Martello tower no 4, Cliff Road, Folkestone


Heritage Category:
Scheduled Monument
List Entry Number:
Date first listed:
Date of most recent amendment:


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The building or site itself may lie within the boundary of more than one authority.

Folkestone and Hythe (District Authority)
National Grid Reference:
TR 21131 35369

Reasons for Designation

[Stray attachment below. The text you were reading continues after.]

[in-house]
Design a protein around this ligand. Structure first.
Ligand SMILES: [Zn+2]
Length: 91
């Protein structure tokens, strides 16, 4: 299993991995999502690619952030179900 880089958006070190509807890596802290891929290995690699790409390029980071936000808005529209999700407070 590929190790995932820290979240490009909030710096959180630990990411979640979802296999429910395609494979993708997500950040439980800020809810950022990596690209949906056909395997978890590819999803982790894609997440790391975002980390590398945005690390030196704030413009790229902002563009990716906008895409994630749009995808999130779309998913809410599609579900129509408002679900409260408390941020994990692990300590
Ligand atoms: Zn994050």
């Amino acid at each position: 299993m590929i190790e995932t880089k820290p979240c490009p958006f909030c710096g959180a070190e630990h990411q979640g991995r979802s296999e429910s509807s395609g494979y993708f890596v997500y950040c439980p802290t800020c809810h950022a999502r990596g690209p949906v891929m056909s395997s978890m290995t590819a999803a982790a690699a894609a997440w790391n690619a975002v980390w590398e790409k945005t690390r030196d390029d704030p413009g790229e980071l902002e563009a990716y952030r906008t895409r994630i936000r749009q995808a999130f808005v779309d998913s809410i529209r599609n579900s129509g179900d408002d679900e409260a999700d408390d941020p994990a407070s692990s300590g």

Martello towers are gun towers constructed to defend the vulnerable south eastern coast of England against the threat of ship-borne invasion by Napoleonic forces. Built as a systematic chain of defence in two phases, between 1805-1810 along the coasts of East Sussex and Kent, and between 1808- 1812 along the coasts of Essex and Suffolk, the design of martello towers was based on a fortified tower at Mortella Point in Corsica which had put up a prolonged resistance to British forces in 1793. The towers take the form of compact, free-standing circular buildings on three levels built of rendered brick. The towers of the south coast were numbered 1-74 from east to west, while those of the east coast were identified by a system of letters (A-Z, and then AA-CC) from south to north. Although they exhibit a marked uniformity of design, minor variations are discernible between the southern and eastern groups and amongst individual towers, due mainly to the practice of entrusting their construction to local sub-contractors. Most southern towers are elliptical in plan, whilst the eastern group are oval or cam-shaped externally, with axes at the base ranging between 14.4m by 13.5m and 16.9m by 17.7m. All are circular internally, the battered (inwardly sloping) walls of varying thicknesses, but with the thickest section invariably facing the seaward side. Most stand to a height of around 10m. Many martello towers are surrounded by dry moats originally encircled by counterscarp banks, and/or have cunettes (narrower water defences) situated at the foot of the tower wall. The ground floor was used for storage, with accommodation for the garrison provided on the first floor, and the main gun platform on the roof. The southern towers carried a single 24 pounder cannon, whilst the eastern line carried three guns (usually a 24 pounder cannon and two shorter guns or howitzers). Three large, circular ten- gun towers known as redoubts were also constructed at particularly vulnerable points, at Dymchurch, Eastbourne and Harwich. All three survive. As the expected Napoleonic invasion attempt did not materialise, the defensive strength of the martello tower system was never tested, and the tower design was soon rendered obsolete by new developments in heavy artillery. Many were abandoned and fell into decay or were demolished during the 19th century, although some continued in use into the 20th century as signalling or coastguard stations and a few saw use as look out points or gun emplacements during the two World Wars. Of the original 74 towers on the south coast, 26 now survive, and of the 29 on the east coast, 17 now survive. Those which survive well and display a diversity of original components are considered to merit protection.